“Hawai‘i Volcanoes National Park displays the results of 70 million years of volcanism, migration, and evolution — processes that thrust a bare land from the sea and clothed it with unique ecosystems, and a distinct human culture. The park highlights two of the world’s most active volcanoes, and offers insights on the birth of the Hawaiian Islands and views of dramatic volcanic landscapes.” (HVNP website)
Usually when driving towards the national park the group has the opportunity to see Mauna Loa mauka (to the mountain side) of the road and cinder cones on Mauna Kea makai (to the sea side). On this particular day it was rainy and misty though so no views were possible. The group discussed the Ohia Lehua trees visible from the vehicle. After, the group reviewed the life cycle stage of each of the island’s volcanoes. When the group arrived at the park they first headed to the Kilauea Iki trailhead. From there views into the crater are magnificent. Active steam rising from the vents below gives one a sense of the liveliness of the park. The group descended the trail into the crater and learned about Hapu’u fern, Ohia Lehua, ferns and ginger. At the bottom of the trail they reviewed the how the “bathtub ring” was created, where the enormous pile of cinder came from and why the steam vents exist. The group hiked across the crater and got close up views of the steam vents.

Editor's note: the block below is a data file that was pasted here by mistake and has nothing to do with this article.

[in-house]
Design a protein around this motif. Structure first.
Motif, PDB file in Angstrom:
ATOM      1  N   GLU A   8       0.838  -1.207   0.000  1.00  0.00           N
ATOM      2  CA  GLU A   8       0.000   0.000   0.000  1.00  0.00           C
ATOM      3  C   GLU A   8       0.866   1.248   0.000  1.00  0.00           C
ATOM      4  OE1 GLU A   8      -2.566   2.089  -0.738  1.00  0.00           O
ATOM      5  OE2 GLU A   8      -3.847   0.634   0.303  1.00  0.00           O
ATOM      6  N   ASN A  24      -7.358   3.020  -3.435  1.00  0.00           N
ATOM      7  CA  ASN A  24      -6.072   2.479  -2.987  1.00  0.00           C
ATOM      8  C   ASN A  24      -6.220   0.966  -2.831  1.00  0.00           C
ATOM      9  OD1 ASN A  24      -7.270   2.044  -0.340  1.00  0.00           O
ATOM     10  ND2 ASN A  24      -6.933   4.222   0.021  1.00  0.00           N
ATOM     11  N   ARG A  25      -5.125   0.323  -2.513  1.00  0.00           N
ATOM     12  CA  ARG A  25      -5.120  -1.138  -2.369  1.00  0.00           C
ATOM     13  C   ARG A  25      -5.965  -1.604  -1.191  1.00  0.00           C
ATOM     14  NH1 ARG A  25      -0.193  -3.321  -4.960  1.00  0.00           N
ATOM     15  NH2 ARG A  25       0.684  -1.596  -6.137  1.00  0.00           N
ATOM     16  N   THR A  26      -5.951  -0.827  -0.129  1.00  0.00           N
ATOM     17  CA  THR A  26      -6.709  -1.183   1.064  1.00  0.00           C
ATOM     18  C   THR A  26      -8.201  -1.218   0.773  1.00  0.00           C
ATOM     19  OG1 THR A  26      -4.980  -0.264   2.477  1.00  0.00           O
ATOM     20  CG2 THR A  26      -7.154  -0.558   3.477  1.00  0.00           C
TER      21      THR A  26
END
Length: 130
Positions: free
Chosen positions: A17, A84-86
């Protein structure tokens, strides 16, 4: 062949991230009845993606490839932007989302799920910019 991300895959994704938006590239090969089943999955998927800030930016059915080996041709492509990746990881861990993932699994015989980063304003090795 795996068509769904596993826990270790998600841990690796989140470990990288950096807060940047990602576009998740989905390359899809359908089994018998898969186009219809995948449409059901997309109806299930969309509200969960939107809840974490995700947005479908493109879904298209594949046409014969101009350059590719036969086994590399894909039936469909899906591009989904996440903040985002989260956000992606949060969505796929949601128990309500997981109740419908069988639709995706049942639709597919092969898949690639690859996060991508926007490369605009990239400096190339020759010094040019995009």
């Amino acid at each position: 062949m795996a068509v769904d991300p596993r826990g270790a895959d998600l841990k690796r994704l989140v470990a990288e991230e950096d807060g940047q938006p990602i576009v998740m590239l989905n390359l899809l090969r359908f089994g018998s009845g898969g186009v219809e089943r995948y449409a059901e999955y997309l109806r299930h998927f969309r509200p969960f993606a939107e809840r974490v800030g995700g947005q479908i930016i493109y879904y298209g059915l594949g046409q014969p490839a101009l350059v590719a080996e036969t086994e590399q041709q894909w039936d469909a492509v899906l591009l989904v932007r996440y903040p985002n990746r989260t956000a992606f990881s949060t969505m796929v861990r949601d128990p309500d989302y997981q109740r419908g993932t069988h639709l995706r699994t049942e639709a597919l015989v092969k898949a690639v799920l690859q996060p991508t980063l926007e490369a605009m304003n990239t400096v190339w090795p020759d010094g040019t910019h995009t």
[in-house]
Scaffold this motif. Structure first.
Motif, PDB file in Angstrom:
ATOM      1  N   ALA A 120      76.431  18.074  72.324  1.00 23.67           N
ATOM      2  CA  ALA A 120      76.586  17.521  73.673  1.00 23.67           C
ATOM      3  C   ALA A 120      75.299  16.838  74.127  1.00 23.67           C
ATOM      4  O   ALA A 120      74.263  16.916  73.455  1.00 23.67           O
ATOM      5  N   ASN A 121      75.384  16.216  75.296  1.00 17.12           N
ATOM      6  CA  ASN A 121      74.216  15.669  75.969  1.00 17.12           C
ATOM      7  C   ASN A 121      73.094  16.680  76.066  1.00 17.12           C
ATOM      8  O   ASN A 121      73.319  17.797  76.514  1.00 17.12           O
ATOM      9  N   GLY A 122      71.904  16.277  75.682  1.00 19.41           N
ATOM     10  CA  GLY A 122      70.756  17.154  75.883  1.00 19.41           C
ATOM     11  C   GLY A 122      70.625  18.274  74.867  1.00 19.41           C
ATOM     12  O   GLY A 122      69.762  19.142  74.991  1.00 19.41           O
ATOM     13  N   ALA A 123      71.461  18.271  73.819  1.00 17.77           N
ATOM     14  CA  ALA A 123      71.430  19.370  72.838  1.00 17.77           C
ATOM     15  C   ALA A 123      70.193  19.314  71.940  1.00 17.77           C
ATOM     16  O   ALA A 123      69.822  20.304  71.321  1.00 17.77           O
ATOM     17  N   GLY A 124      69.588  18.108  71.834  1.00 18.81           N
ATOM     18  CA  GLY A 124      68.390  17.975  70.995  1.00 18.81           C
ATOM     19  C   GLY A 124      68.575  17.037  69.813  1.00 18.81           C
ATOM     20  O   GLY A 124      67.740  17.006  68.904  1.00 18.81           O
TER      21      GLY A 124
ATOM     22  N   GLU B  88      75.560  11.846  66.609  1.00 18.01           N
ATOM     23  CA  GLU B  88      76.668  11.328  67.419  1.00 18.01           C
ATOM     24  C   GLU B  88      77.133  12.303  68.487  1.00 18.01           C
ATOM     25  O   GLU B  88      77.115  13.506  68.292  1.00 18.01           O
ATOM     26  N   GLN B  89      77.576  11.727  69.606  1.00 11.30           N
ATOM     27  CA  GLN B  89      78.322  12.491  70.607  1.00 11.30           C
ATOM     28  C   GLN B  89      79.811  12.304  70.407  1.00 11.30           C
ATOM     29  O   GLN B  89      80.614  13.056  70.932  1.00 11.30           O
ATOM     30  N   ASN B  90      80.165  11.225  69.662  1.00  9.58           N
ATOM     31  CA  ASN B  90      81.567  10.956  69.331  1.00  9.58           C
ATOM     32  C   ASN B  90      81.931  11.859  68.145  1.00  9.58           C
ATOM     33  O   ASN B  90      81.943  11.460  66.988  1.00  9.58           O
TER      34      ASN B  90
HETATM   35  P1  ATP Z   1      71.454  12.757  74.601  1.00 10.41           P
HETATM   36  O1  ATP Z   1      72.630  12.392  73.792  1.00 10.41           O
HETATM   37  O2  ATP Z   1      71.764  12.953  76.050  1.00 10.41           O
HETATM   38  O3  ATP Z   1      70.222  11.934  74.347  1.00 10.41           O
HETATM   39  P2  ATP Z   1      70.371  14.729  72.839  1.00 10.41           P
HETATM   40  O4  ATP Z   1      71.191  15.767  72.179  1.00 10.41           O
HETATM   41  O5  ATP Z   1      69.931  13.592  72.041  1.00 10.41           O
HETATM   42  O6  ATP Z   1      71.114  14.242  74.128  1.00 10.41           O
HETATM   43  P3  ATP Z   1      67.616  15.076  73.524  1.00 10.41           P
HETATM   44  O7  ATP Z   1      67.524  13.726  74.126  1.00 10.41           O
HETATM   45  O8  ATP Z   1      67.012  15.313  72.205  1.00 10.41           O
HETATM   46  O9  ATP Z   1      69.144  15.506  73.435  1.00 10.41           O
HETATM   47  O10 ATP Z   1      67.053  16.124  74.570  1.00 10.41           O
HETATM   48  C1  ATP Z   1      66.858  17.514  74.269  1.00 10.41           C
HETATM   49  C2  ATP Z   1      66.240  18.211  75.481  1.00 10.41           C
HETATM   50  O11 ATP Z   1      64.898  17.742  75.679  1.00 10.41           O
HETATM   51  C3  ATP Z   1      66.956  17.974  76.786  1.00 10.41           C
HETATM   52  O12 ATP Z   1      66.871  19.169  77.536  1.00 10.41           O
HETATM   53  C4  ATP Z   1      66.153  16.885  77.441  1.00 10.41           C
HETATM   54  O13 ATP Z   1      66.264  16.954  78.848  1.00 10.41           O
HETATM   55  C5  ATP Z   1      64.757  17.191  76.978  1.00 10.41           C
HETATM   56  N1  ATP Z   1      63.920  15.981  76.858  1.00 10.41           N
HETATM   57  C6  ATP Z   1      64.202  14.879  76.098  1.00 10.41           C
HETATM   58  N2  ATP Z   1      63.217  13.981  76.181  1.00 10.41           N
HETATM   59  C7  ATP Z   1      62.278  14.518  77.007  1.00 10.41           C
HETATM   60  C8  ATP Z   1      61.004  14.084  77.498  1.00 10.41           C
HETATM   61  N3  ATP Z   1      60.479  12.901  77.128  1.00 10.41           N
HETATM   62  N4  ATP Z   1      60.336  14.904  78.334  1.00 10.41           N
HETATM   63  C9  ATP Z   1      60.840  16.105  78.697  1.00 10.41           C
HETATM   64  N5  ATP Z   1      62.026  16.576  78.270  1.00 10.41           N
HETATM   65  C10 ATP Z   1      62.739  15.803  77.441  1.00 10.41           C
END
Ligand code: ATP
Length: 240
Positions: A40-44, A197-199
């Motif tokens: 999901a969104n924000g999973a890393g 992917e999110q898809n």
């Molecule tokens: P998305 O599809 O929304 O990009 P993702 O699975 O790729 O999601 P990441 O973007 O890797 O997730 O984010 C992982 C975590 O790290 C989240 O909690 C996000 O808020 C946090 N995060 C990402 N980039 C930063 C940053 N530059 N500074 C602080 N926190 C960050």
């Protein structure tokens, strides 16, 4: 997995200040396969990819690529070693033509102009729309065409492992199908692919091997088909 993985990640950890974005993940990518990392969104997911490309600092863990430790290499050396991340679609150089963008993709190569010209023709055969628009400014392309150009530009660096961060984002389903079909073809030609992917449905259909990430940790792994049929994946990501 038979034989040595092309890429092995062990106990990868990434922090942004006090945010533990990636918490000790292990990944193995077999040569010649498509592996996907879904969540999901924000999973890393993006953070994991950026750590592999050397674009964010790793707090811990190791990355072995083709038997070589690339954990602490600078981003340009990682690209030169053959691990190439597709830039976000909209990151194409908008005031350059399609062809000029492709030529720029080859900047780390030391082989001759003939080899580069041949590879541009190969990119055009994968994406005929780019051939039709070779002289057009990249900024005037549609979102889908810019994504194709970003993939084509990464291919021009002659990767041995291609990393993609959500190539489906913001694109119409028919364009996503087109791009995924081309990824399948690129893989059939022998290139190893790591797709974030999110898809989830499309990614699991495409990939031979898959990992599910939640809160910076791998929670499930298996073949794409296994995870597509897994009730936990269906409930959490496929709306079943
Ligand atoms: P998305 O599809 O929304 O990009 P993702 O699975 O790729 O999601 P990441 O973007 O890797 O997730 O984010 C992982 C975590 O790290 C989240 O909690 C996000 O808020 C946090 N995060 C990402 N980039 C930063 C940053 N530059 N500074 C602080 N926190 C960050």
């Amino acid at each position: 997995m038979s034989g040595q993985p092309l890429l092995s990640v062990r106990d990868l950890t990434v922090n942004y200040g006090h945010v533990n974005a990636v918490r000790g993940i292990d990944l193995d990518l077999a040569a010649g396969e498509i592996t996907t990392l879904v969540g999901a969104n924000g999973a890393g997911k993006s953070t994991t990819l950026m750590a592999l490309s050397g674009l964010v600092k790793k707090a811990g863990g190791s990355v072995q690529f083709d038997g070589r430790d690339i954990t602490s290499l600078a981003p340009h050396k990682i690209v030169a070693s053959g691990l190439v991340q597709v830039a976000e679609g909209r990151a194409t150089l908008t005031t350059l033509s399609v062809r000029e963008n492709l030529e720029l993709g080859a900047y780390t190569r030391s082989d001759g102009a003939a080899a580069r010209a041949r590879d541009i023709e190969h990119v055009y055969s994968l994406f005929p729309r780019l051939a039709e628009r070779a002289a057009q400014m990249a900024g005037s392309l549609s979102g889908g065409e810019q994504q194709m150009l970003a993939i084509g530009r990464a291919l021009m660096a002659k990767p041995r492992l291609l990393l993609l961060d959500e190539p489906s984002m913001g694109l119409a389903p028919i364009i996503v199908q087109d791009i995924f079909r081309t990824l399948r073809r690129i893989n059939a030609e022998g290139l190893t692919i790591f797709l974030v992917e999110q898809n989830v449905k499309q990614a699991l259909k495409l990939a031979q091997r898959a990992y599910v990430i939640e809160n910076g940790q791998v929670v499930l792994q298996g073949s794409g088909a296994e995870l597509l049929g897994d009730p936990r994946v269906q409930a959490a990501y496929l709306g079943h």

After ascending the trail on the other side of the crater the group hiked to the Thurston Lava Tube and through the surrounding forest. The group learned of the creation of lava tubes and then got to see one first hand, both the lighted section and then the part of the tube still in its ‘natural state.’ Luckily the group had their headlamps and were able to explore. The adventure culminated when the group completed the last half mile of the loop they had begun at the Kilauea Iki parking lot a few hours before.